Carl T. Holscher fights for the customers.

Tag: garrickvanburen

Train Mode

Every morning I enjoy Train Mode. Each work day, I wait for a bus. Which I take to a train. Where I ride underground for about 35 minutes until I arrive at work. Then I rise zombie-like from beneath the ground and emerge to the light.

Each morning my mind races with all the things I could be, should be, might be doing. And then I don’t. I do a single thing.

When I step into a train, my phone becomes an island. I turn off all wireless communications. My phone is adrift in a sea of silence. No email. No social. No interaction.

I open Kindle. I read. I enjoy the blissful silence and focus of words on a page.

This past week I’ve read with my phone in one hand and a paper notebook in the other. I’ve written thoughts and pondered questions. I’ve interacted with the book in a real way.

Not passively reading, but reading to remember. Reading to know. I’ve ignored the rest of the world and for that short train ride, it’s just me, the words, and my thoughts. And it gets to happen again at day’s end. Where I wait for a train. To a bus. To home. All without the phone making a peep. Unless I put on music to drown out the song of public transit.

And it’s blissful.

Voting with your two feet

If your time is being wasted, ignore sunk costs and change your situation by voting with your two feet.

I was initially skeptical of these bite-sized chunks of advice, seemingly for the self-employed followers of bliss. Though as I make my way through Twyla Tharp’s The Creative Habit: Learn It and Use It for Life I awoke this morning with a different perspective. I thought, this is advice I could apply to my life as well. So I gave it a shot.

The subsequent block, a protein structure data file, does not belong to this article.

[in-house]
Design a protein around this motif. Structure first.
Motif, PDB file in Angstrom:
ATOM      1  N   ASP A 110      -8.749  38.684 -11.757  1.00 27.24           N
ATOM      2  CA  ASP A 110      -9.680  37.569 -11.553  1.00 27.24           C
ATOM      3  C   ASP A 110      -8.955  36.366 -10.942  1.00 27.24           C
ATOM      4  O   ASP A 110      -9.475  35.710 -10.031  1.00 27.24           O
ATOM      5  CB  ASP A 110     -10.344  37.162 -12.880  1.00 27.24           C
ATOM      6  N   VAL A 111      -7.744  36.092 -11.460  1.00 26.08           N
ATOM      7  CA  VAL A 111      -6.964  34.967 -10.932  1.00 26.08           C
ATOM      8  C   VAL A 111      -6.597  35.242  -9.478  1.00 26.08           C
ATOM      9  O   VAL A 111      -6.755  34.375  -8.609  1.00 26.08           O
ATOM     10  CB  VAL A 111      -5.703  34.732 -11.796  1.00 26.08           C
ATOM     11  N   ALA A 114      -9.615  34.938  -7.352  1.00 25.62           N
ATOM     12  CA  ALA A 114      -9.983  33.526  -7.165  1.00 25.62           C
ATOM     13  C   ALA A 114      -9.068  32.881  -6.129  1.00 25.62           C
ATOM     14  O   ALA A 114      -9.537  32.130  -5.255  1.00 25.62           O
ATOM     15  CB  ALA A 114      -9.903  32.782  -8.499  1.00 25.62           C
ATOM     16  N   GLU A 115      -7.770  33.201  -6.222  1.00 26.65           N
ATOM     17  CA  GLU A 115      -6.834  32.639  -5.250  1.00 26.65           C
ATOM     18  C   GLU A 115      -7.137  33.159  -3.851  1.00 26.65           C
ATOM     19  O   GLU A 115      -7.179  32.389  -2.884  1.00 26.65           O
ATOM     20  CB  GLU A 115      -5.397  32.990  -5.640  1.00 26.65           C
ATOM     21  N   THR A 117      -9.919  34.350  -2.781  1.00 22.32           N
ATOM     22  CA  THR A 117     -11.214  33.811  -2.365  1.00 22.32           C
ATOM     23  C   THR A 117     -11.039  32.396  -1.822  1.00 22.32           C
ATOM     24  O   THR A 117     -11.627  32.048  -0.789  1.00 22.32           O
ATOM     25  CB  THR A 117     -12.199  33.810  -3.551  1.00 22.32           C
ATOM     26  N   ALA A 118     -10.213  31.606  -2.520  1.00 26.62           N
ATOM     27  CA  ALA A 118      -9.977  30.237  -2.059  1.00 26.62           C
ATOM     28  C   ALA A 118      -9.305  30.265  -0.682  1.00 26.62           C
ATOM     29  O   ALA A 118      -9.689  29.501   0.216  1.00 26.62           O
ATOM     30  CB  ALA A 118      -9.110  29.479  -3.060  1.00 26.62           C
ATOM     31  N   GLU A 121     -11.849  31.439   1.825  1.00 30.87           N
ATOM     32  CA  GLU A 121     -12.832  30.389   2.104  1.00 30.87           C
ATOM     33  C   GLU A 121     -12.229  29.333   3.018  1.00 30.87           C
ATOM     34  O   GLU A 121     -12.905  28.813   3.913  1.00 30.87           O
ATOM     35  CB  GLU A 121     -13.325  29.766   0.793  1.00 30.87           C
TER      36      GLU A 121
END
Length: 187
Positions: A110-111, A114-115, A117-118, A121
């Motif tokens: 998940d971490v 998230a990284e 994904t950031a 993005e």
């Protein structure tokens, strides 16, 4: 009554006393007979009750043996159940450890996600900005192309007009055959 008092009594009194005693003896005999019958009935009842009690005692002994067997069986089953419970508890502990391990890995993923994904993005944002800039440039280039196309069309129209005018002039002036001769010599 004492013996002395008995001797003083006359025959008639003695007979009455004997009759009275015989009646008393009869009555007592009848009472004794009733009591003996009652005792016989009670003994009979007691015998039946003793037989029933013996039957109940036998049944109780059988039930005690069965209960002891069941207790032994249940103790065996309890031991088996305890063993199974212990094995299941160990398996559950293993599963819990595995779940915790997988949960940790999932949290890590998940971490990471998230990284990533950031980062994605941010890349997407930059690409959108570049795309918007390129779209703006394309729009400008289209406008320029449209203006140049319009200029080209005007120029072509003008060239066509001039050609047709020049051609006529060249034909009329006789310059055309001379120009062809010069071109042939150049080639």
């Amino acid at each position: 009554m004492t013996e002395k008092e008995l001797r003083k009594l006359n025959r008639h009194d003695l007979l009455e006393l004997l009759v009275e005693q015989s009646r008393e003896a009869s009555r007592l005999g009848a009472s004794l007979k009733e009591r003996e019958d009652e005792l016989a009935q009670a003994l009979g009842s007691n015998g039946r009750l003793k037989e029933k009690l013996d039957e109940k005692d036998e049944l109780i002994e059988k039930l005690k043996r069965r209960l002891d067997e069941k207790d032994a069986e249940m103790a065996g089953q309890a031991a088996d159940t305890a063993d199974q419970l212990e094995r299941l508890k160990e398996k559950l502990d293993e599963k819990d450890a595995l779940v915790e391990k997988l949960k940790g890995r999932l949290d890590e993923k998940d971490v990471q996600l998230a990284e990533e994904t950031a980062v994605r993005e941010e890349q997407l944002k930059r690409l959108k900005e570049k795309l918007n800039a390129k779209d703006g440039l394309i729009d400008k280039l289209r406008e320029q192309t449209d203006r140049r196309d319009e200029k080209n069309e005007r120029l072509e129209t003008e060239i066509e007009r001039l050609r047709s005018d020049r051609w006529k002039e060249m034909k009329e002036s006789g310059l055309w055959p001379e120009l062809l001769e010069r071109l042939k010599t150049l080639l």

At first read, I thought this was telling me to quit my job and walk away. That’s not feasible for a life constructed around the stable income. One that gives my wife the freedom to experiment. I am the rock. She is the stone.

At second read, I took it to mean get up and take a walk.

When I have a problem I can’t solve, I hit my head against it until I was exhausted. Frustrated and no closer to a solution, I’m slowly learning to step away. To change my situation by voting with my two feet. To take a walk. Think about something else. Do anything else.

Even getting up to get a cold drink resets my mind. At a former job, we had a soda fountain in the building. When I hit a problem I couldn’t see my way past, I would walk by my co-worker’s desk and utter a single word. “Drink?” And with that, we’d head upstairs to the fountain. With icy cold Cokes in hand, we’d chat about life, work, writing, whatever weird Internet thing we’d come across that day.

Sometimes we’d ride the elevator all the way up, or all the way down. Just for a few extra moments of conversation. Sometimes with others, but often alone, we’d chat and laugh. Then, when I got back to my desk, fueled by good cheer, cold carbonation and a few moments of joy, I would stare down the problem. And more often than not, a solution would come to me.

So next time I come upon a seemingly insurmountable problem, or one I just can’t seem to think through, I’m going for a walk. And maybe a drink.

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